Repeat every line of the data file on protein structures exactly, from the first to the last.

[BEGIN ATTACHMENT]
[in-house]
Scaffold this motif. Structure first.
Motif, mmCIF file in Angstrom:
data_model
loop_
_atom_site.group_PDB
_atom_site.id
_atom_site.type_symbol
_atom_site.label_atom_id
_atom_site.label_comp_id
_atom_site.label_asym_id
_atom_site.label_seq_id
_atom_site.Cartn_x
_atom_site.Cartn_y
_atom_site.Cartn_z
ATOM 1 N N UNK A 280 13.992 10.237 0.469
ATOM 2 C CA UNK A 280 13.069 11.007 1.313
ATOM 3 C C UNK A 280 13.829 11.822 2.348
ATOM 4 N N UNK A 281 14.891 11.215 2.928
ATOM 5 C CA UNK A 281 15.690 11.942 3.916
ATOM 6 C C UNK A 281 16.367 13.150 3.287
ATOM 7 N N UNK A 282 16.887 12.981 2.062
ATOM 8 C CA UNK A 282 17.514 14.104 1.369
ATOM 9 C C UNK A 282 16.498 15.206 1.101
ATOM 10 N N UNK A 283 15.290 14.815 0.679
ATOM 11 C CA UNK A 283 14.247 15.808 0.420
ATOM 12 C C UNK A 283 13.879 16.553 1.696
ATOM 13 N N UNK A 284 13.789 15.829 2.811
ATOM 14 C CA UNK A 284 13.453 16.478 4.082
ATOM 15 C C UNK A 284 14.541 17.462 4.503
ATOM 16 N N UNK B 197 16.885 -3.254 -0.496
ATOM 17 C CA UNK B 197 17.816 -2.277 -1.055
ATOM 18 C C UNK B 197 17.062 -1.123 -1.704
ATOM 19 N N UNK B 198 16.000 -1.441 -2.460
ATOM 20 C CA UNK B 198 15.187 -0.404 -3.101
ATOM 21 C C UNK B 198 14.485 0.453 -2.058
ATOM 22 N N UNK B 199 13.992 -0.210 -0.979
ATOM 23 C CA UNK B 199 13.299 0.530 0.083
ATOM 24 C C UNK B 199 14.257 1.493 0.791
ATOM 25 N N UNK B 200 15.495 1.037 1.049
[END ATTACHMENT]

[in-house]
Scaffold this motif. Structure first.
Motif, mmCIF file in Angstrom:
data_model
loop_
_atom_site.group_PDB
_atom_site.id
_atom_site.type_symbol
_atom_site.label_atom_id
_atom_site.label_comp_id
_atom_site.label_asym_id
_atom_site.label_seq_id
_atom_site.Cartn_x
_atom_site.Cartn_y
_atom_site.Cartn_z
ATOM 1 N N UNK A 280 13.992 10.237 0.469
ATOM 2 C CA UNK A 280 13.069 11.007 1.313
ATOM 3 C C UNK A 280 13.829 11.822 2.348
ATOM 4 N N UNK A 281 14.891 11.215 2.928
ATOM 5 C CA UNK A 281 15.690 11.942 3.916
ATOM 6 C C UNK A 281 16.367 13.150 3.287
ATOM 7 N N UNK A 282 16.887 12.981 2.062
ATOM 8 C CA UNK A 282 17.514 14.104 1.369
ATOM 9 C C UNK A 282 16.498 15.206 1.101
ATOM 10 N N UNK A 283 15.290 14.815 0.679
ATOM 11 C CA UNK A 283 14.247 15.808 0.420
ATOM 12 C C UNK A 283 13.879 16.553 1.696
ATOM 13 N N UNK A 284 13.789 15.829 2.811
ATOM 14 C CA UNK A 284 13.453 16.478 4.082
ATOM 15 C C UNK A 284 14.541 17.462 4.503
ATOM 16 N N UNK B 197 16.885 -3.254 -0.496
ATOM 17 C CA UNK B 197 17.816 -2.277 -1.055
ATOM 18 C C UNK B 197 17.062 -1.123 -1.704
ATOM 19 N N UNK B 198 16.000 -1.441 -2.460
ATOM 20 C CA UNK B 198 15.187 -0.404 -3.101
ATOM 21 C C UNK B 198 14.485 0.453 -2.058
ATOM 22 N N UNK B 199 13.992 -0.210 -0.979
ATOM 23 C CA UNK B 199 13.299 0.530 0.083
ATOM 24 C C UNK B 199 14.257 1.493 0.791
ATOM 25 N N UNK B 200 15.495 1.037 1.049